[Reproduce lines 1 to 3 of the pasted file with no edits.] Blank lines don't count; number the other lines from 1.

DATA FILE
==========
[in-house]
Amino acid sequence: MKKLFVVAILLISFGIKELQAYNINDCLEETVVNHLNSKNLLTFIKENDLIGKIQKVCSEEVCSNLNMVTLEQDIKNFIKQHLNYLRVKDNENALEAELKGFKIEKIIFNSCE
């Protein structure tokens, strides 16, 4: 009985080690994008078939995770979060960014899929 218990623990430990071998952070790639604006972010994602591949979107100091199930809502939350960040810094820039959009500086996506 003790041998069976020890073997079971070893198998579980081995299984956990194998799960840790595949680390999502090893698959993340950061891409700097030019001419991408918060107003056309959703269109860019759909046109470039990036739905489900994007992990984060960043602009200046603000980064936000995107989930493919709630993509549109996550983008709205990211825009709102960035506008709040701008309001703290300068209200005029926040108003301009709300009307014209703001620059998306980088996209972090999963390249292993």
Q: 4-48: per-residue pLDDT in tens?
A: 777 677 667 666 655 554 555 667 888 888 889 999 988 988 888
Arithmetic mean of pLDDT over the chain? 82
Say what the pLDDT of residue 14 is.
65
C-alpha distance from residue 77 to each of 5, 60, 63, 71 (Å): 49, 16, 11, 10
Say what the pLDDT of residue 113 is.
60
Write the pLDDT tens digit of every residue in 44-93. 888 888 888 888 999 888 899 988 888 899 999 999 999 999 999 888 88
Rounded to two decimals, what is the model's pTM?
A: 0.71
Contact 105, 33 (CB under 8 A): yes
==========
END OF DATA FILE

[in-house]
Amino acid sequence: MKKLFVVAILLISFGIKELQAYNINDCLEETVVNHLNSKNLLTFIKENDLIGKIQKVCSEEVCSNLNMVTLEQDIKNFIKQHLNYLRVKDNENALEAELKGFKIEKIIFNSCE
């Protein structure tokens, strides 16, 4: 009985080690994008078939995770979060960014899929 218990623990430990071998952070790639604006972010994602591949979107100091199930809502939350960040810094820039959009500086996506 003790041998069976020890073997079971070893198998579980081995299984956990194998799960840790595949680390999502090893698959993340950061891409700097030019001419991408918060107003056309959703269109860019759909046109470039990036739905489900994007992990984060960043602009200046603000980064936000995107989930493919709630993509549109996550983008709205990211825009709102960035506008709040701008309001703290300068209200005029926040108003301009709300009307014209703001620059998306980088996209972090999963390249292993």